As part of the Entrepreneurship and Regional Development seminar series, Mr Peter Pardoe (Aston University) will provide a presentation on ‘The Impact of Founder CEOs on Firm Performance’.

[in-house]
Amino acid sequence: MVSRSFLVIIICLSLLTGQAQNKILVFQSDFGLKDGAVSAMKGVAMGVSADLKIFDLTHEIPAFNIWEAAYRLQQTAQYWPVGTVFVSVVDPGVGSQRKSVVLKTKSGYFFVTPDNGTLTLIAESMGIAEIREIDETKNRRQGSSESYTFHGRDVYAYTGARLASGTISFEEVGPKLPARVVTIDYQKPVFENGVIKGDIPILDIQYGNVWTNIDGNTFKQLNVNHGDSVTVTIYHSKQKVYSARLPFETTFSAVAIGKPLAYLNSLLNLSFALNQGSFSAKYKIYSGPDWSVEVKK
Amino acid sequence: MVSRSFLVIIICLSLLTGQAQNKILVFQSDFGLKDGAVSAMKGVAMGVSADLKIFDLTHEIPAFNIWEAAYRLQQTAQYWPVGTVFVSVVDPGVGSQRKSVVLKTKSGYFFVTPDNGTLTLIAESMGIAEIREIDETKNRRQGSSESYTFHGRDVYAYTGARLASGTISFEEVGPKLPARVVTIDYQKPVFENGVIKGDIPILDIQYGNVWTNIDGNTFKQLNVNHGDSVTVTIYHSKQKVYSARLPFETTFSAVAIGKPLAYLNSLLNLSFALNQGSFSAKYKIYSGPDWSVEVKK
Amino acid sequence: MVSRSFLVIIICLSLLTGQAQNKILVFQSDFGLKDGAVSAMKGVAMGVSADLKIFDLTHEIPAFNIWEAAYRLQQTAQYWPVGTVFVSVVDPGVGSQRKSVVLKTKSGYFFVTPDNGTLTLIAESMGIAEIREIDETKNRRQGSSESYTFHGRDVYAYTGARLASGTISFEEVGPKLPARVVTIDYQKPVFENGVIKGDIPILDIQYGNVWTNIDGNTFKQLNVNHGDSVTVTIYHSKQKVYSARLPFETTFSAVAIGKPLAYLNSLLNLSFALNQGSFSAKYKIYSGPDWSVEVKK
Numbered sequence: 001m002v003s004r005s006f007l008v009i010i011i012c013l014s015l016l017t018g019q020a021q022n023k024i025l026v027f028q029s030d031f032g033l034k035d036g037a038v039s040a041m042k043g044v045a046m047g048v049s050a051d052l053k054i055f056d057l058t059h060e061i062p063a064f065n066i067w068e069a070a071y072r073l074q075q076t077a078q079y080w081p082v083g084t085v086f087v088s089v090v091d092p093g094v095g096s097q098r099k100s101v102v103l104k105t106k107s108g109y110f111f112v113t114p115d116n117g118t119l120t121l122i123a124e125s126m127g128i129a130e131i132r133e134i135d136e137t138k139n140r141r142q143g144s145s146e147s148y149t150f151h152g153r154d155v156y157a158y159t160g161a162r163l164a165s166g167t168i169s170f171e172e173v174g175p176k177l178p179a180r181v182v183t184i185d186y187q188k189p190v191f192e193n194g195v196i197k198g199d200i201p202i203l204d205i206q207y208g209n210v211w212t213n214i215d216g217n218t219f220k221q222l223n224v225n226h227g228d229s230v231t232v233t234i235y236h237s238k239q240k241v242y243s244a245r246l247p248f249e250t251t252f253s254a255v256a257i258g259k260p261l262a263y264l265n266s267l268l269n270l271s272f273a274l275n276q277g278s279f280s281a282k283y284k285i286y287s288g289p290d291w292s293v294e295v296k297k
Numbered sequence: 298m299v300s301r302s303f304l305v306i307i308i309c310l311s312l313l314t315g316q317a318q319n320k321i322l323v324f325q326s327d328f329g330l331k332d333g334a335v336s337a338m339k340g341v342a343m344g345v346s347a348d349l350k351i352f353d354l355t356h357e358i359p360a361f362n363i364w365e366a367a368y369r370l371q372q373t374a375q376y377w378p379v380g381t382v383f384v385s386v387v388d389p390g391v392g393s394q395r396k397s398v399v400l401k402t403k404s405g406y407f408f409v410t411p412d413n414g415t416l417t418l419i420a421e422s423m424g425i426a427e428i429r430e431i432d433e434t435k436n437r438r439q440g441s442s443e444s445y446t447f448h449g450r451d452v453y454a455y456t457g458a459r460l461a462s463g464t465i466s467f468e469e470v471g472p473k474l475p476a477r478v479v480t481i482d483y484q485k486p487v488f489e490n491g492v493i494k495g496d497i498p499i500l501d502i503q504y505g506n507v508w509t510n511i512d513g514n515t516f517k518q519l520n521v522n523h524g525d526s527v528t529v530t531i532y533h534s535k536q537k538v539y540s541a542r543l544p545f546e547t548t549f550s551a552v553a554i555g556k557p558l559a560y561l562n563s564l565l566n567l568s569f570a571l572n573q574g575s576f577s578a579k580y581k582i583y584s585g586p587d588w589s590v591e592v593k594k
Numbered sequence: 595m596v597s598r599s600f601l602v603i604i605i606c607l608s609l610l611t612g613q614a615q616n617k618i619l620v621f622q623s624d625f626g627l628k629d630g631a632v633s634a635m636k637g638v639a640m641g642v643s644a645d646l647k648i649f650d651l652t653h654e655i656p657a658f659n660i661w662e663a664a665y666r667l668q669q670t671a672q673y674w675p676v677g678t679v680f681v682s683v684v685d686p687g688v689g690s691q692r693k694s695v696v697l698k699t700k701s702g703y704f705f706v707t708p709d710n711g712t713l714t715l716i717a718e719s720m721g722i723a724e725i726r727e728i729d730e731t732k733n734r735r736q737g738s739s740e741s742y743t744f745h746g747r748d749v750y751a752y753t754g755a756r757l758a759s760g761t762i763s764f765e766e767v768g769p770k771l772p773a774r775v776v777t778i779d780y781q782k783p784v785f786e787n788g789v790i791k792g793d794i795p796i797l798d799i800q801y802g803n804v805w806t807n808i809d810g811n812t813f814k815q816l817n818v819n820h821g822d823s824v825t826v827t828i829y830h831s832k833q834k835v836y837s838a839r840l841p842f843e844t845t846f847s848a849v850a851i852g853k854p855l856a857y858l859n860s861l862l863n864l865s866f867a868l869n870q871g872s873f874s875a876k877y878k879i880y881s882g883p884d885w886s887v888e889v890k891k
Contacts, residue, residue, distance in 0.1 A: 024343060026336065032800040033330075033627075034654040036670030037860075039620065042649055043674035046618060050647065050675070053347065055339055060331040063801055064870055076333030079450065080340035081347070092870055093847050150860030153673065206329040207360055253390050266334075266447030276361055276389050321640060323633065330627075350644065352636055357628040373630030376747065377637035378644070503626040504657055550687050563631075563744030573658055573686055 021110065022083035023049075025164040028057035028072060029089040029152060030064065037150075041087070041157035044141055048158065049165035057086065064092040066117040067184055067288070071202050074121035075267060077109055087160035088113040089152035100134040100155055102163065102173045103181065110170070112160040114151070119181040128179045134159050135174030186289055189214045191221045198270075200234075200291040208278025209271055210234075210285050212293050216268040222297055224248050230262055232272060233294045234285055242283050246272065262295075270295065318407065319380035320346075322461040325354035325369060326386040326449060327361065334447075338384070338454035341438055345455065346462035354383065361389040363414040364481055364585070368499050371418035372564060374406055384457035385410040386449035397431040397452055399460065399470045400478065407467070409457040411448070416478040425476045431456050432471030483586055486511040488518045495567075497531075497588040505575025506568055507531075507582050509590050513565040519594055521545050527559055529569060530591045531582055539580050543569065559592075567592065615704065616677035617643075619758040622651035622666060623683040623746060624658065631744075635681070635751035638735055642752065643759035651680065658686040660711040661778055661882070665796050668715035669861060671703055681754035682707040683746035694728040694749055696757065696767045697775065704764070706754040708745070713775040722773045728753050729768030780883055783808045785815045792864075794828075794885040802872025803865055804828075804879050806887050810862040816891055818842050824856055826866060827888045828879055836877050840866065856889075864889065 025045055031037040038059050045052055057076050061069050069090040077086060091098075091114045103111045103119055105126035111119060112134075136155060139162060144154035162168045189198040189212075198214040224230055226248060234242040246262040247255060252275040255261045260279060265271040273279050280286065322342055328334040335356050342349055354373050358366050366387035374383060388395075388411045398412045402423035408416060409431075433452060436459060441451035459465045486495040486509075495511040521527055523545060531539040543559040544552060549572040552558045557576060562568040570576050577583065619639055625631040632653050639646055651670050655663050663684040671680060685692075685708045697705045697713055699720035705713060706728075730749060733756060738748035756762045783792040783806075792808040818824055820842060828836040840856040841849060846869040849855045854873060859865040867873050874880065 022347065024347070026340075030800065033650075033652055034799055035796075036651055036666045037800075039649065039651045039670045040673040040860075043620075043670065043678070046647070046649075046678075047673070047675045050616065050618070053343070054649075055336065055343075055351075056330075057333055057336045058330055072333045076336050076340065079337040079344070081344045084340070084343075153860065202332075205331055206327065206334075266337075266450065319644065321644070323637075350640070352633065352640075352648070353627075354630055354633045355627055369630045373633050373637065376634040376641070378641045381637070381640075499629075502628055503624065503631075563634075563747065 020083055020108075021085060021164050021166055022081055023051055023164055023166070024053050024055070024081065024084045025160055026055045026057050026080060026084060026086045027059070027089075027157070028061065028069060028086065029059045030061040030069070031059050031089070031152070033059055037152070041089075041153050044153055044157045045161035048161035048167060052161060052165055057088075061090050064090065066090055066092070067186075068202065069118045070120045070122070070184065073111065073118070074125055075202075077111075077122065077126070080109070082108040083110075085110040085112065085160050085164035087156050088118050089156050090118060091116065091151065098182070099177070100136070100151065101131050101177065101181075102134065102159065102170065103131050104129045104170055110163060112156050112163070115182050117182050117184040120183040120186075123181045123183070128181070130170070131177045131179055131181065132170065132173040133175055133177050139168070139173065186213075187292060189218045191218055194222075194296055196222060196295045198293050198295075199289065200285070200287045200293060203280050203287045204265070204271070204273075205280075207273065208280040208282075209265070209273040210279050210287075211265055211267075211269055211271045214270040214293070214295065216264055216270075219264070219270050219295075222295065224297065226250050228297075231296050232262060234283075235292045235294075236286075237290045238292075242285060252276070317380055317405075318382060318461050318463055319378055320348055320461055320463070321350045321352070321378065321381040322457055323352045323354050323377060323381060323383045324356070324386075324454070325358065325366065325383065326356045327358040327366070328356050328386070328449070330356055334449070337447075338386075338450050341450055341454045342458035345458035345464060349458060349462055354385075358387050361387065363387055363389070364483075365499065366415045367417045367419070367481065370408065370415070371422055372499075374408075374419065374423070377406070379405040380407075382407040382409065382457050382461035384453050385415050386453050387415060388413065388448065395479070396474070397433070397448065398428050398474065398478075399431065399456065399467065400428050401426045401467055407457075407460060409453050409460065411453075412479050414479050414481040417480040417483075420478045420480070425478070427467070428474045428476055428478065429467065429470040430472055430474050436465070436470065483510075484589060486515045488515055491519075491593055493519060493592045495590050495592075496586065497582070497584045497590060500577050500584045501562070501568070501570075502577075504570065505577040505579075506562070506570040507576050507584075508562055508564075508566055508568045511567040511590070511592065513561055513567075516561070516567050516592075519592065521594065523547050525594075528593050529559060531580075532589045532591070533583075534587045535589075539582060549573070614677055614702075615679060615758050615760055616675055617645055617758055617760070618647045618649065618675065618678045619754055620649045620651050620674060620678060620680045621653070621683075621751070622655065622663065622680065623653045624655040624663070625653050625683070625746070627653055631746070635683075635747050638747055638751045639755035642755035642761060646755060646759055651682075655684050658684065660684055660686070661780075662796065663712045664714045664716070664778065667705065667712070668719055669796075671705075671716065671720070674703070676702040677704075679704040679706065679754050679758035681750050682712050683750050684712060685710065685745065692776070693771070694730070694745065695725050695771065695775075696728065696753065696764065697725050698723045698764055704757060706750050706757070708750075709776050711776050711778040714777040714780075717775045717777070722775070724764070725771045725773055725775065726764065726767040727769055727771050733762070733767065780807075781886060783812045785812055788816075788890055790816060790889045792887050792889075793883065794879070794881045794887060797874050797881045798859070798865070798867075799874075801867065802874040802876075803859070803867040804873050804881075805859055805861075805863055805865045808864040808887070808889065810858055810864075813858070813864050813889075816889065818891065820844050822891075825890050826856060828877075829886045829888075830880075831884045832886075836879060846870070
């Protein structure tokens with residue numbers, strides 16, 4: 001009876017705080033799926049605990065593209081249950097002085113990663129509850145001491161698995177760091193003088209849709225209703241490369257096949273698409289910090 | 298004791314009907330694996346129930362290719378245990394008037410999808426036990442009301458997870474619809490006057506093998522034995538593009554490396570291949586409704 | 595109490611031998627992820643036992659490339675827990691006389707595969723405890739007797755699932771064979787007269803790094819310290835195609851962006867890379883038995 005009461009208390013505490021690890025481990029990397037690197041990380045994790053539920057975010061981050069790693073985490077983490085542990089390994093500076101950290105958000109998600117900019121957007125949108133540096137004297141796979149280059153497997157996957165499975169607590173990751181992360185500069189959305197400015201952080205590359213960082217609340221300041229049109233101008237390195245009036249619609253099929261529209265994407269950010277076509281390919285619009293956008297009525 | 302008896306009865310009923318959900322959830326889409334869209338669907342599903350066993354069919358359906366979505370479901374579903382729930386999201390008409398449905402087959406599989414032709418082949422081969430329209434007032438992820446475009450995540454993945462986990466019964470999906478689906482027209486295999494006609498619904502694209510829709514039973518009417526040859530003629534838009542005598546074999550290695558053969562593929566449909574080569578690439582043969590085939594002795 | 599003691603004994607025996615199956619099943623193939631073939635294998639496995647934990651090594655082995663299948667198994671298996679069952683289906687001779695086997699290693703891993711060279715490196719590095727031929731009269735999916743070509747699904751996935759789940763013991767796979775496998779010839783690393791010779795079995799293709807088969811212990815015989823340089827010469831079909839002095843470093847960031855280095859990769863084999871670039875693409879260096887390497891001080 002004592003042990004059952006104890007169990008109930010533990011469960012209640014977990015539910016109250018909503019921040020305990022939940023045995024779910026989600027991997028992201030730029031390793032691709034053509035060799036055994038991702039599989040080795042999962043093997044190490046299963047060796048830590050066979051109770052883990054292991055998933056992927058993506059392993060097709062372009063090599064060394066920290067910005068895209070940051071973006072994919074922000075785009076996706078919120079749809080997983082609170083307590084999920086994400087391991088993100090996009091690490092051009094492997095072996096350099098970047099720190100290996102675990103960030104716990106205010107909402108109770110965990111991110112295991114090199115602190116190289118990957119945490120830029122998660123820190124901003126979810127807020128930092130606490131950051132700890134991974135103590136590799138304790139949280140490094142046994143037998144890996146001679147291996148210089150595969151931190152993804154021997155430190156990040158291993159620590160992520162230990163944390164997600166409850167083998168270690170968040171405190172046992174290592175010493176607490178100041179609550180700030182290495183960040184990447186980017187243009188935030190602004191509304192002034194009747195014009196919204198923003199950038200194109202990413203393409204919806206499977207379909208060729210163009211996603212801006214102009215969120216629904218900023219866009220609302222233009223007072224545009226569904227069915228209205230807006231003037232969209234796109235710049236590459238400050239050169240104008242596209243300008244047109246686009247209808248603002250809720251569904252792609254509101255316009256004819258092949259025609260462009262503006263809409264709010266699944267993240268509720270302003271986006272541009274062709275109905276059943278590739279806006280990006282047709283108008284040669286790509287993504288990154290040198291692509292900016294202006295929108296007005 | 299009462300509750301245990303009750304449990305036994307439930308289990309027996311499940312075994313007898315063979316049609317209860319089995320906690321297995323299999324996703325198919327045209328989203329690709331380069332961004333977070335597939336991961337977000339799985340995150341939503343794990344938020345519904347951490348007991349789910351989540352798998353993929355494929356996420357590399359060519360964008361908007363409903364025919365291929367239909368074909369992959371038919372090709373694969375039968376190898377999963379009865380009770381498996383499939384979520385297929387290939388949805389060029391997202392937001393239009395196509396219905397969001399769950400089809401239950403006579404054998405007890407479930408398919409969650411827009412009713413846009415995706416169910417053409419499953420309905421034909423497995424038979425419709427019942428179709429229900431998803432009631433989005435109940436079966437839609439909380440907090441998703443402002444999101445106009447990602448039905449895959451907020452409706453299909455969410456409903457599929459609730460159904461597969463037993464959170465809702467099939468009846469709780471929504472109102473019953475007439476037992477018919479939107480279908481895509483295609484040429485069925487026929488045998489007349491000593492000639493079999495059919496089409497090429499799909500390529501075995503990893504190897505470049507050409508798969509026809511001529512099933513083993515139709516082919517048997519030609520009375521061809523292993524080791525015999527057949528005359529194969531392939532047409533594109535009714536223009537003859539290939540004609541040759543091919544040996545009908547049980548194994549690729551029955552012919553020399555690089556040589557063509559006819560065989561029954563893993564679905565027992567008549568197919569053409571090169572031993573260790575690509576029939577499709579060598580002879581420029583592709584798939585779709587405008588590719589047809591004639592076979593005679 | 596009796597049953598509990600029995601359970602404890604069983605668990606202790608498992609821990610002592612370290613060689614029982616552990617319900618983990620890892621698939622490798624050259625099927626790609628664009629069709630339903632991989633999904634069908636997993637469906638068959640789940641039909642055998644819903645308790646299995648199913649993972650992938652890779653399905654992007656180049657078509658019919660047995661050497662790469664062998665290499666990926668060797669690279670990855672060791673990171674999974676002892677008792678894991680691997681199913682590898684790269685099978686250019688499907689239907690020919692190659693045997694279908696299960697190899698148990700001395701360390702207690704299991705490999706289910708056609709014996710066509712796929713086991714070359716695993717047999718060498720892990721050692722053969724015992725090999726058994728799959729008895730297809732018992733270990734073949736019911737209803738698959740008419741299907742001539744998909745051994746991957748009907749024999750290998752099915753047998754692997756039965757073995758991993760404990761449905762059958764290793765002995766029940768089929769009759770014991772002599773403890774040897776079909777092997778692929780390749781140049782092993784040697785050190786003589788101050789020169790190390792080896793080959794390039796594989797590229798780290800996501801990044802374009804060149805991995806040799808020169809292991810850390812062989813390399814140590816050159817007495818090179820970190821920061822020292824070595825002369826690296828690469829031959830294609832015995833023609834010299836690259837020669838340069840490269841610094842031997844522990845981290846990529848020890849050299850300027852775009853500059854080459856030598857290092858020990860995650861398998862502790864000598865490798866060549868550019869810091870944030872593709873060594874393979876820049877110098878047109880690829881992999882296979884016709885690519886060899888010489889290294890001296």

The research consensus seems to be that Founder CEOs (FCEOs) are, in many instances, poorly equipped to run the business they created beyond the early years and as the firm grows. The perceived wisdom is that unless such FCEOs are replaced by “professional” management then firm performance will decline or, at the very least, stagnate. In such cases FCEOs are forced to accept other roles with less day-to-day control and influence, such as Non-Executive Chairmen, or are exited from the firm completely and their role taken by a Professional CEO (PCEO). Yet studies of FCEOs relative to firm performance that have been carried out previously, including Willard et al. (1992), tended to employ relatively small samples and were focused on a specific area of a single industry, e.g. high-growth manufacturing. In contrast, this research utilises a bespoke secondary data set compiled from first principles. The basis of the data set is firms incorporated in the UK which were listed on the London Stock Exchange on 31 December 2018. Financial information was collected on these 443 unique firms for the period 31 December 1990 to 31 December 2018 together with biographic information on each of the 1,161 CEOs, who were leading these firms during this time. This research is ongoing and the results, findings and conclusions are not yet fully resolved. However, there appears to be some evidence to suggest that the consensus highlighted above might not hold true for this sample.


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